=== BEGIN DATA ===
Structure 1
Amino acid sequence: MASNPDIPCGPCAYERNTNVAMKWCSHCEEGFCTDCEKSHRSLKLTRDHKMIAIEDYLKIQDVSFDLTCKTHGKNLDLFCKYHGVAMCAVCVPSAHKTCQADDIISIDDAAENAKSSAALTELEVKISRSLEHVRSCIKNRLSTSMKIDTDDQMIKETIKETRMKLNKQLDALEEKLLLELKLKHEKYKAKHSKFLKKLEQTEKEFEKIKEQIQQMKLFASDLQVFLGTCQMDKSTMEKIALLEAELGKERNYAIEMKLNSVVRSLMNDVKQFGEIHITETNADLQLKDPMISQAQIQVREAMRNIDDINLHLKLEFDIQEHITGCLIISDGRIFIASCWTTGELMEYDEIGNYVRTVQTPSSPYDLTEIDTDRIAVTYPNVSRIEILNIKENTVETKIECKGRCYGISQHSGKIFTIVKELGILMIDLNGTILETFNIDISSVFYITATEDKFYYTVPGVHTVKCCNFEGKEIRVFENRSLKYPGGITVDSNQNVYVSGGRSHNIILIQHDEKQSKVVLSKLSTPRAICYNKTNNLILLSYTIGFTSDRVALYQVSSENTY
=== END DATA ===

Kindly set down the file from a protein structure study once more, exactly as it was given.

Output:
Structure 1
Amino acid sequence: MASNPDIPCGPCAYERNTNVAMKWCSHCEEGFCTDCEKSHRSLKLTRDHKMIAIEDYLKIQDVSFDLTCKTHGKNLDLFCKYHGVAMCAVCVPSAHKTCQADDIISIDDAAENAKSSAALTELEVKISRSLEHVRSCIKNRLSTSMKIDTDDQMIKETIKETRMKLNKQLDALEEKLLLELKLKHEKYKAKHSKFLKKLEQTEKEFEKIKEQIQQMKLFASDLQVFLGTCQMDKSTMEKIALLEAELGKERNYAIEMKLNSVVRSLMNDVKQFGEIHITETNADLQLKDPMISQAQIQVREAMRNIDDINLHLKLEFDIQEHITGCLIISDGRIFIASCWTTGELMEYDEIGNYVRTVQTPSSPYDLTEIDTDRIAVTYPNVSRIEILNIKENTVETKIECKGRCYGISQHSGKIFTIVKELGILMIDLNGTILETFNIDISSVFYITATEDKFYYTVPGVHTVKCCNFEGKEIRVFENRSLKYPGGITVDSNQNVYVSGGRSHNIILIQHDEKQSKVVLSKLSTPRAICYNKTNNLILLSYTIGFTSDRVALYQVSSENTY